Everyone, at one time or another, has experienced trouble falling asleep, staying asleep, or has been sleepy during the day. People with a sleep disorder experience these and more serious problems. Sleep disorders disrupt and disturb the overall quality of life. More than 70 million Americans have a sleep disorder, and many of the sufferers are completely unaware of it. Many of those who are aware of the problem never choose to seek help.
Many of the sleep disorders can lead to serious problems if left untreated. For example, obstructive sleep apnea, a disorder that affects over 20 million Americans, can lead to serious cardiovascular and neurological problems. However, when treated, apnea patients reduce the risk of those serious conditions and dramatically improve the quality of their lives.
The Sleep Institute is a treatment facility designed to evaluate and treat those sleep disorders that include snoring, sleep apnea, chronic tiredness, and difficulty falling asleep. We use the most up-to-date techniques to evaluate your sleep problems in our comfortable sleep centers located on our Johns Creek campus.
Primary Sleep Disorders
- Obstructive Sleep Apnea
- Sleep Terrors
- Restless Leg Syndrome
- Jet Lag
- Periodic Limb Movement
- Shift Work
- Inadequate Sleep Hygiene (Bad Sleep Habits)
Obstructive Sleep Apnea
The most common sleep related breathing disorders are obstructive sleep apnea (OSA) and loud snoring. They are both due to the narrowing of the airway during sleep. Snoring occurs when the tissue in the back of the throat vibrates as you breathe. Patients who snore are more likely to have OSA than people who do not snore. Those who snore have an increased risk of developing high blood pressure.
Sleep apnea can occur in males and females of all ages, weights, and ethnicities. Yet certain risk factors are associated with a higher incidence of sleep apnea such as:
- Excess weight or obesity (body mass index, or BMI, >25)
- Family history of sleep apnea
- Male sex
- Large neck (greater than 17" in men, greater than 16" in women)
- Recessed chin
- Physical abnormality in the nose, throat, or upper airway structure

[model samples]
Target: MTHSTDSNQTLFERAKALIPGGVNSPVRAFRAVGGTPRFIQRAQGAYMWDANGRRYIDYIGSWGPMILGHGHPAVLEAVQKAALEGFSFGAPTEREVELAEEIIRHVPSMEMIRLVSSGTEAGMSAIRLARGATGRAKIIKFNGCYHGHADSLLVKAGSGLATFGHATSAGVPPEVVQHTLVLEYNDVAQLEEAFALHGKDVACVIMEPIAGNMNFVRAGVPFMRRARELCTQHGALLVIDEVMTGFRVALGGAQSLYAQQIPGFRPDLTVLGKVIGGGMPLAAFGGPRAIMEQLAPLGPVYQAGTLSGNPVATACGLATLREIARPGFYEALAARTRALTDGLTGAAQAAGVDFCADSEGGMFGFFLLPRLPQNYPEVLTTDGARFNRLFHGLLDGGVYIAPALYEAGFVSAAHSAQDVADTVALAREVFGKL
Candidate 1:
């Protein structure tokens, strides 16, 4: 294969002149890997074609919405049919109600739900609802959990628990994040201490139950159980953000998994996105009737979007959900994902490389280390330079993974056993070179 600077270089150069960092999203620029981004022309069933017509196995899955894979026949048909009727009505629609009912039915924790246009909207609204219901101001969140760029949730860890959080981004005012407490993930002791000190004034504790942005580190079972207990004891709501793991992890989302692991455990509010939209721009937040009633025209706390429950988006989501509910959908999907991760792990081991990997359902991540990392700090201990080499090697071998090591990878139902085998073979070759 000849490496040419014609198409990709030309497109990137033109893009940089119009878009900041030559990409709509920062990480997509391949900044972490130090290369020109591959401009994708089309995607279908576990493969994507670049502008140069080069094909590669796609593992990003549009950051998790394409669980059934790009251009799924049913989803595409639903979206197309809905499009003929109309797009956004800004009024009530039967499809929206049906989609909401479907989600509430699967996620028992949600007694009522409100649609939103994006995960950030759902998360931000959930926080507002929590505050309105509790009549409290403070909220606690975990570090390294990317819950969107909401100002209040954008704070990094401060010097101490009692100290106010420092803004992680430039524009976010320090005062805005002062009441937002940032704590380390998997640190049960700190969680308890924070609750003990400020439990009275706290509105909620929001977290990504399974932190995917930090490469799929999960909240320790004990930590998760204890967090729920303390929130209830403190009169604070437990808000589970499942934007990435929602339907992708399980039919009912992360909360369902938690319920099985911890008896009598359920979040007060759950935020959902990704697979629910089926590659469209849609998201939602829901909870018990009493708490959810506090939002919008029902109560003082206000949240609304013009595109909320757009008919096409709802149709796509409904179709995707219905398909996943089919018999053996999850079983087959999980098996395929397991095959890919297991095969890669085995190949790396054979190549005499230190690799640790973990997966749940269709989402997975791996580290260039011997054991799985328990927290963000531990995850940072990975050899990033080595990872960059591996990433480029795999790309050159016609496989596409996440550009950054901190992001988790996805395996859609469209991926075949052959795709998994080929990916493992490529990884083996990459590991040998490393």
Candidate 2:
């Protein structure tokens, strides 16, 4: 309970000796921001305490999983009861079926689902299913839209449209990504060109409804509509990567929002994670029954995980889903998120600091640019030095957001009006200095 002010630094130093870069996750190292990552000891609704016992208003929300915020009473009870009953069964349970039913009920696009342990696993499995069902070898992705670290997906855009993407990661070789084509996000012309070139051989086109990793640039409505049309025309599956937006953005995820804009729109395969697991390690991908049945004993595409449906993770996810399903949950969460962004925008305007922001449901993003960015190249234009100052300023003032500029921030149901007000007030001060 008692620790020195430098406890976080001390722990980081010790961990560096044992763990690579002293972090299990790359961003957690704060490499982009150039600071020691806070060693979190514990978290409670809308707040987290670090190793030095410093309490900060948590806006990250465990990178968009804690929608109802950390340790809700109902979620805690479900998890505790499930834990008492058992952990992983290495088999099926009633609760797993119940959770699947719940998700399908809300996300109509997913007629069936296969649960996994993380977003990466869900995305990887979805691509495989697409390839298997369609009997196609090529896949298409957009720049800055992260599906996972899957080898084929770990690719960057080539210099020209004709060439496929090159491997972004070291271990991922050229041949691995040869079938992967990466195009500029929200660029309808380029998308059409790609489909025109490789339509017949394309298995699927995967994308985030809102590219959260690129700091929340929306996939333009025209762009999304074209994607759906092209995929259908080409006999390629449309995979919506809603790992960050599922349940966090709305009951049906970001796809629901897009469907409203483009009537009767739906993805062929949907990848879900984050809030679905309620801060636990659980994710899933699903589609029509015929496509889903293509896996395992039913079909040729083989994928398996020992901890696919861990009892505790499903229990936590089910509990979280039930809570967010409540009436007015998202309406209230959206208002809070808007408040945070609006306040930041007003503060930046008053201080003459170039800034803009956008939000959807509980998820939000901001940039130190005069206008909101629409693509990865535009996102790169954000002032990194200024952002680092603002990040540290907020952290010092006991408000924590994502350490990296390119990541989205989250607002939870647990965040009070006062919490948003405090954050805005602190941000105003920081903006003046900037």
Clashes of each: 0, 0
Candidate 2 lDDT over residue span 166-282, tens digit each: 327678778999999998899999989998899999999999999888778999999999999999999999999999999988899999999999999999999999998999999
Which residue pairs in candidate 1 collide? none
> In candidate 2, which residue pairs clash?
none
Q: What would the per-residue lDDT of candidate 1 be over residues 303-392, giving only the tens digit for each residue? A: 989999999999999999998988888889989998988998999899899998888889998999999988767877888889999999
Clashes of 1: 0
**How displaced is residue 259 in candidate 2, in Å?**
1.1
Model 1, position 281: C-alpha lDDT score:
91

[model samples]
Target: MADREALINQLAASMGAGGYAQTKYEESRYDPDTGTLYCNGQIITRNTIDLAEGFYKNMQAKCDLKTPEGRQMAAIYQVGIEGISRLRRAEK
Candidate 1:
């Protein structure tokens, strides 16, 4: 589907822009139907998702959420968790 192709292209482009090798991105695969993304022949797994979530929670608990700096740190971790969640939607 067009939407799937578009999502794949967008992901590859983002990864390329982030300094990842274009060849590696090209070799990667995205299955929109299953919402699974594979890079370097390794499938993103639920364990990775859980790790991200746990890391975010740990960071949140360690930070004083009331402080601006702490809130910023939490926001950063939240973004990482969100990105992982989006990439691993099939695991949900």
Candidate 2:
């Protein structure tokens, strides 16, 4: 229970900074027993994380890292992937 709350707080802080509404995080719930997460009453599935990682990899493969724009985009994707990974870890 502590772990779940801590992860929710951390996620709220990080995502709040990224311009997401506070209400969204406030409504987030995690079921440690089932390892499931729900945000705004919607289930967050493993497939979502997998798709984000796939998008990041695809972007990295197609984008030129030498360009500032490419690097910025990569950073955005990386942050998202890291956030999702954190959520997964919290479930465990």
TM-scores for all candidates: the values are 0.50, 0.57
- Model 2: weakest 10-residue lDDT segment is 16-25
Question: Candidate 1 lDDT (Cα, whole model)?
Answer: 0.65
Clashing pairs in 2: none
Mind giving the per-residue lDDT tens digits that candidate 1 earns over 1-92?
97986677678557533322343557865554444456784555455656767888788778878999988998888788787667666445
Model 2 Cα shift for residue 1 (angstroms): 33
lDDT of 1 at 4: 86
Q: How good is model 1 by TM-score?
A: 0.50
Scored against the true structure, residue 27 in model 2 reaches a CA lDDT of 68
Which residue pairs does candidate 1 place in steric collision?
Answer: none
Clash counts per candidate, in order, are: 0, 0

- Use of alcohol or sleeping pill
Often a loved one is the first to notice the sleep apnea sufferer's symptoms and suspect something may be wrong. One of our doctors can find out if you only have simple snoring, or if your snoring is a sign of obstructive sleep apnea. To evaluate this, you will need to take an overnight sleep study, called a polysomnogram. Typically, this test is conducted in a sleep center and measures the individual's heart rate, respiration, brain activity, eye movement, and blood oxygen level. You will be diagnosed with OSA if two things occur:
- You stop breathing due to a blockage of the airway for more than 10 seconds while asleep.
- This happens more than five times per hour of sleep.
If you have OSA, the sleep study will show if it is mild, moderate, or severe. A person with OSA is often very sleepy during the day because you wake up at the end of the times when you stop breathing. These brief awakenings keep you from enjoying long periods of deep sleep. OSA may lead to sleepiness, heart attack, stroke, and automobile accidents.
"I recently had endoscopic sinus surgery and rhinoplasty surgery. Dr. Gallups made me feel comfortable and confident in my decision to have surgery. He did an amazing job and the surgery went extremely well. The results are exactly what I wanted and I feel and breathe better."
- Laura B., Alpharetta, GA
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